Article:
January 2015 \ Arts & Entertainment \ FEATURE—TOURISM

By Vishal Gulati

With record amounts of snow falling, the pistes overlooking Himachal Pradesh’s popular tourist resorts Shimla and Manali have turned out to be a paradise for skiers.

“This is just the beginning of good skiing days,” skier and international coach Roshan Lal Thakur said. Thakur said the Solang slopes, just 13 kilometres uphill from Manali, had more than three-and-a-half feet of snow cover and more spells of snow were expected. Like Thakur, the Winter Games Federation of India secretary general, there are a number of skiers who grew up with the Solang slopes in their backyard.

Skiing and winter adventure sports organisers in Manali say more skiers will converge with the reopening of roads between Kullu and Manali. “Our institute has lined up courses, both for amateur and professional skiers, from Jan 11 in Solang and Narkanda,” said Randhir Singh Salhuria, director of the state-run Atal Bihari Vajpayee Institute of Mountaineering and Allied Sports in Manali.

Salhuria said the Solang slopes offer a challenging run to both beginners and advanced skiers. However, for beginners, not for professionals, the Narkanda slopes would be ideal. Currently, Narkanda, some 65 kilometres from Shimla, has more than two feet of snow.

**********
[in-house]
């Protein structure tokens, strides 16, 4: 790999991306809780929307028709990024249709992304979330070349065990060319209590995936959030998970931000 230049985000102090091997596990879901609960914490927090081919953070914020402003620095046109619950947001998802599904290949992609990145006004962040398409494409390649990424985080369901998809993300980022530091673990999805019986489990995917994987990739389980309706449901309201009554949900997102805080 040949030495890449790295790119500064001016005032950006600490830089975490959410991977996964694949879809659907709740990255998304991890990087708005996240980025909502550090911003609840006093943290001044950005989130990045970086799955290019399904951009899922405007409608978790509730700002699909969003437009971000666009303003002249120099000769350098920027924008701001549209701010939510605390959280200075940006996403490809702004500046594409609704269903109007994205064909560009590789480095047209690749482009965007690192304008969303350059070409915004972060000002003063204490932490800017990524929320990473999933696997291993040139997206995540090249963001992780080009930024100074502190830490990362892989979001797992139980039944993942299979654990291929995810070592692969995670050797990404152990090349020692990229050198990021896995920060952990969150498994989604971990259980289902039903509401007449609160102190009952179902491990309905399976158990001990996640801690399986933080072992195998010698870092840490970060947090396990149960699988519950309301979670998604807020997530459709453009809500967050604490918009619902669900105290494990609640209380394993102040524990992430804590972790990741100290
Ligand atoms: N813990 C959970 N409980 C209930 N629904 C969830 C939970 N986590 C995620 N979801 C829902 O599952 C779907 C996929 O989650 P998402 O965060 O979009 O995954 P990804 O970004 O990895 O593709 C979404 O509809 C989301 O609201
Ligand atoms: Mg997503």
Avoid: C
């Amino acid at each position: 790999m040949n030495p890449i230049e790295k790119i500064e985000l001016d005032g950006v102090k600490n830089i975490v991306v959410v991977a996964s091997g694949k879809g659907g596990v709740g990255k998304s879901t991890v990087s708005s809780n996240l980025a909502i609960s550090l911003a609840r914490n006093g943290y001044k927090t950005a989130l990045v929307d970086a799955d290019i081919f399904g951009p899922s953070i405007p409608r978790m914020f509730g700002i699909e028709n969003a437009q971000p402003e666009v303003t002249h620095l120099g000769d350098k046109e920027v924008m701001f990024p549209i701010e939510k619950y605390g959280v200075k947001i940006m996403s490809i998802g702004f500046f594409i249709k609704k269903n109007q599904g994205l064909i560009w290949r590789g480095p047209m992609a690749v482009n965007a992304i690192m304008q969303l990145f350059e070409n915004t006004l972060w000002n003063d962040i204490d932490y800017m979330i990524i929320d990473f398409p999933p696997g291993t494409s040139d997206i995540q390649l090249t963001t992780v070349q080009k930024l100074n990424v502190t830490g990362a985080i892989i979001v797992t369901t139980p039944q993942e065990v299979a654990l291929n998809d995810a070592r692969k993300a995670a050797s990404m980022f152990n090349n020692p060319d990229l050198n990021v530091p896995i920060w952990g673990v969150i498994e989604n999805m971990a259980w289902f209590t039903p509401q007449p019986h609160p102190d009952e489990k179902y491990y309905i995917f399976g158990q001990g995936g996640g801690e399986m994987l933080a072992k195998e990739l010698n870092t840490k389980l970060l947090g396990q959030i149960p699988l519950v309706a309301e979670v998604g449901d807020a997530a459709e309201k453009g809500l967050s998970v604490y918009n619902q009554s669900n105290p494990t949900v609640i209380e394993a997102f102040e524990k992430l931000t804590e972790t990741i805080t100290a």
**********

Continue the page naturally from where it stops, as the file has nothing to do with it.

The Himachal Pradesh Tourism Development Corp’s (HPTDC) Hatu Hotel at Narkanda provides ski apparatus. According to the Met Office in Shimla, it snowed heavily in Solang and Narkanda on December 13 and 14, the season’s first snowfall. “The snow quality is marvellous (in Solang) and moreover it’s not crowded like Auli and Gulmarg slopes,” said Mudit Arora, a skier from Delhi.

“We’re looking at more snow,” he added. Kufri, just a half-hour drive from Shimla and known as a honeymooner’s paradise, has also turned out to be a hub for skiers. Discovered as an ideal hill resort by the British in the 1930s, Kufri emerged as a popular destination for winter sports due to good snowfall. For many decades, it was a regular venue for the national winter games. But in the past one decade no winter sports activity was organised at Kufri.

“This time, after a long, long break, we have managed to revive skiing in Kufri,” private instructor Mohit Bragta said. Skiers said the Kufri slopes were shorter and gentler, attracting mainly the tourists and the first-timers. Besides skiing, the tourists in Solang can enjoy snow scooter and sledging. A large number of private tour operators are providing both skiing apparatus and instructors to the skiers at Solang.

Rohan Thakur, a travel agent in Manali, is upbeat about the skiing season ahead. “As per queries we are getting, we’re eyeing a huge opportunity heading into this season,” he said. More than 50 private operators are based in Solang to conduct activities in winter sports for students, families and corporates.

Himachal Pradesh, whose economy is highly dependent on tourism, attracts every year tourists who surpass the state’s population of about 6.8 million. Kullu-Manali has emerged as a favourite tourist destination, followed by Shimla and Dharamsala, the abode of the Dalai Lama.